A new book co-edited by Kent Law School Lecturer Dr Gian-Giacomo Fusco explores the concept of the ‘state of exception’ (when laws are suspended in a time of crisis) with respect to its relevance for the analysis of law.
States of Exception: Law, History, Theory, published by Routledge, is co-edited by Dr Fusco with Cosmin Cercel and Simon Lavis.
Drawing on critical legal theory, continental jurisprudence, political philosophy and history, the book explores the genealogy of the concept of the state of exception and reflects on its legal embodiment in past and present contexts – including Weimar and Nazi Germany, contemporary Europe and Turkey. It reflects on the deeper symbolic and jurisprudential significance of the coalescence between law and force and explores the impact of the state of exception on legal and political thought.
In their introduction, the editors say: ‘State of exception is one of those concepts in the politico-juridical vocabulary whose established popularity is not affected by their evident terminological uncertainty. Since the beginning of the twenty-first century, with the emergence of what has been defined as the war on terror, academic production on the subject has been literally flooded by an imponent stream of contributions. In the last two decades, the succession of multiple and diversified emergencies have had a decisive impact in Western governmental systems and societies, which unsurprisingly reacted by strengthening their securitarian drives. In a rather disturbing fashion, liberal democracies tended increasingly to challenge the pressure brought by global crisis – from international terrorism to the current waves of migration – through the hardening of police measures and the consequent limitation of civil and political liberties.’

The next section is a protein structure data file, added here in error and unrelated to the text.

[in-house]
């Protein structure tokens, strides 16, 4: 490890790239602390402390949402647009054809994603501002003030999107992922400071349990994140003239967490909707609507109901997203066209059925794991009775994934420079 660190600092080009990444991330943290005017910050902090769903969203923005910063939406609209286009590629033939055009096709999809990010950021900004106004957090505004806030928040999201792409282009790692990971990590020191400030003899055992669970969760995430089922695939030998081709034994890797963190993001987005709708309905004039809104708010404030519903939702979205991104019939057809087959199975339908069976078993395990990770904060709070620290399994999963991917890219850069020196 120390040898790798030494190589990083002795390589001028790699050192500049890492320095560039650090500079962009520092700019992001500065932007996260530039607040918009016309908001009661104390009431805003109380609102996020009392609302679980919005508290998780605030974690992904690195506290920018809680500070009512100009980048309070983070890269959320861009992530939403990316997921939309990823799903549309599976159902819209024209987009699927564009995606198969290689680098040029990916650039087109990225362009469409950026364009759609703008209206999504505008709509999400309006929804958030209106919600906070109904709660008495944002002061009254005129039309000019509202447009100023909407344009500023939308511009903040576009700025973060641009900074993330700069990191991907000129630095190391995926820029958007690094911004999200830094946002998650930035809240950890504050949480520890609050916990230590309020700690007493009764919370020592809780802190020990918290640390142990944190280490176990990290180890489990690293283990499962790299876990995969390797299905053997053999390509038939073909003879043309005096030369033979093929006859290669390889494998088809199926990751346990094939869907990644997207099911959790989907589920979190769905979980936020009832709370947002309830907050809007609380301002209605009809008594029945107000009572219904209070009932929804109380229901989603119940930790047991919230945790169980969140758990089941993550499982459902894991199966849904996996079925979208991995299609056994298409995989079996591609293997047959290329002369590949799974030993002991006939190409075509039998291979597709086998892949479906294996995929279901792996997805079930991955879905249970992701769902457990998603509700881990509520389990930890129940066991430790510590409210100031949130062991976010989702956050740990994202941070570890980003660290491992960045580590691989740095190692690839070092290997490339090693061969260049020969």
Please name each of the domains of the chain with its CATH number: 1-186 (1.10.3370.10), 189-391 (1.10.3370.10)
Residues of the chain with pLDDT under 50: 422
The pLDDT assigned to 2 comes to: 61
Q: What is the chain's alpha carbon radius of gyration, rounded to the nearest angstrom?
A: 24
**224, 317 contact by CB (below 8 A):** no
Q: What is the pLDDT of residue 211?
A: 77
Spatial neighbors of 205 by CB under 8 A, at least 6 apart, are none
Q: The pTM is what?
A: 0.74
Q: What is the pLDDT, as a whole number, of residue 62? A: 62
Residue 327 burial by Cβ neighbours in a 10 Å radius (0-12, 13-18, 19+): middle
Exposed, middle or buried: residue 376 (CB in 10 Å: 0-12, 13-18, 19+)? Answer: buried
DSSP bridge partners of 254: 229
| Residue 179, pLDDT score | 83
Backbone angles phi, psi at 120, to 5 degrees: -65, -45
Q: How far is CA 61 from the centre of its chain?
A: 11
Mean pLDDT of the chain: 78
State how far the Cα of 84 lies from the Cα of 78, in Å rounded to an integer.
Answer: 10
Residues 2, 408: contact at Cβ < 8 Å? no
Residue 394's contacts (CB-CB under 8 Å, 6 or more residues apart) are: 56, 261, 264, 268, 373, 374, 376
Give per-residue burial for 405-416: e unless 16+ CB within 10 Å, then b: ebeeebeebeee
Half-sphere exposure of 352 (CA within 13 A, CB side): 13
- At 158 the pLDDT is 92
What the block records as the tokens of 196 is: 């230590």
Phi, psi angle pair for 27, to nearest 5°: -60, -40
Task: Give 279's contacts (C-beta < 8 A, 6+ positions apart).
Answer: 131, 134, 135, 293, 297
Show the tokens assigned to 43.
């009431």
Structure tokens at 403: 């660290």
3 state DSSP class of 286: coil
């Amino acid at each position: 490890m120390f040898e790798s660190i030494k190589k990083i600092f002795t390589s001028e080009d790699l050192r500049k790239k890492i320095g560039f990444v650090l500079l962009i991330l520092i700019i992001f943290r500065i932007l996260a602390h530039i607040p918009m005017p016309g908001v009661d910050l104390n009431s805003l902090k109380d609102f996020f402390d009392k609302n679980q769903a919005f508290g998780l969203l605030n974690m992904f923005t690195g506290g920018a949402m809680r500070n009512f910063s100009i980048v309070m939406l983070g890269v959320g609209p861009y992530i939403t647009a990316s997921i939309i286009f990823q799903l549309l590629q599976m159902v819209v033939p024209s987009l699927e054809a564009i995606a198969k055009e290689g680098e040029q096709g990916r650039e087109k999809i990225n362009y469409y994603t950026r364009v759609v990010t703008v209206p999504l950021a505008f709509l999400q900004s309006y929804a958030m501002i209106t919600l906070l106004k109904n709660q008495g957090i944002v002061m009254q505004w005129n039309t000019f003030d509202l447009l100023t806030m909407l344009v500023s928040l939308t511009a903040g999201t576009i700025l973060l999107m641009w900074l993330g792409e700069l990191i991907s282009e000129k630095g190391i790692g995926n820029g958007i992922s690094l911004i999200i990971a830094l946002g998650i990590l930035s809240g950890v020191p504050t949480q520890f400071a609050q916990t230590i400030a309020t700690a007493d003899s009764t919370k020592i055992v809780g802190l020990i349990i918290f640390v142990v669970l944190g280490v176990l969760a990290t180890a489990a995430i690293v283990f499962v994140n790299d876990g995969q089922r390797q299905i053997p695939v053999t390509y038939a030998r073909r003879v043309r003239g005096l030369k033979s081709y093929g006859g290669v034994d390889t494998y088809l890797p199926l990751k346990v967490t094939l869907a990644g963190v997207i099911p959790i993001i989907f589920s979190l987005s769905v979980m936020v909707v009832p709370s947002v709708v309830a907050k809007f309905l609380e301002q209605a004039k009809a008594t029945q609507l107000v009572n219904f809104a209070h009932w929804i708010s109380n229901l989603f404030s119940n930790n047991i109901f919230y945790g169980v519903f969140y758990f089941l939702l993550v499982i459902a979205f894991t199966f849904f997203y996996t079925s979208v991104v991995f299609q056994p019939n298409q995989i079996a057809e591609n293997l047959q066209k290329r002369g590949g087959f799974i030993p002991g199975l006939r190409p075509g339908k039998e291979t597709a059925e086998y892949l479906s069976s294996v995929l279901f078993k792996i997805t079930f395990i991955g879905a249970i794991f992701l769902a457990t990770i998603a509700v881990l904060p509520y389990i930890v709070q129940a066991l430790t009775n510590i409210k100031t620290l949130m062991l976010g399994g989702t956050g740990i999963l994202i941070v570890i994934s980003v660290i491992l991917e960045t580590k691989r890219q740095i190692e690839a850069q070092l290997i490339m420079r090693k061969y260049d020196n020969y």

Dr Fusco is also the author of a chapter in the book on ‘Exception, Fiction, Performativity’. In this chapter, Dr Fusco argues that the exception must be better understood in terms of performativity: ‘When the exception becomes a regulated and normalised technique of government, the verification of its legality or illegality – a central trope of past and present jurisprudence – becomes a trivial enterprise. More important, instead, would be calling into question the very nature of the exception as a ‘legal object’, which ‘lies squarely within the field of public law’. Consequently, the possibility of abusing emergency powers simply to obtain a certain goal, and not as a reaction to a chain of perilous events, will appear as inscribed in the very nature of the exception as a legal object. But the term masquerade is also telling in another sense – the one that pertains to the sphere of the ‘fictional’. Law’s practice and history is populated by fictions of very different kinds.’
Dr Fusco studied philosophy at the University of Bologna and the University of Rome before obtaining his doctorate in law at Kent Law School in 2018. His dissertation focused on the concepts of sovereignty and legal normativity in the work of the Italian philosopher Giorgio Agamben and is the inspiration for a monograph called Form of Life. Agamben and the destitution of rules that is due for publication by Edinburgh University Press in 2021. This book, through close engagement with Agamben’s idea of form-of-life, offers viable theoretical paths to think outside the crisis and the obsolescence of Western juridical and political reality.
Dr Fusco teaches undergraduate students at Kent Law School on modules including A Critical Introduction to Law, Land Law, and Law Dissertation.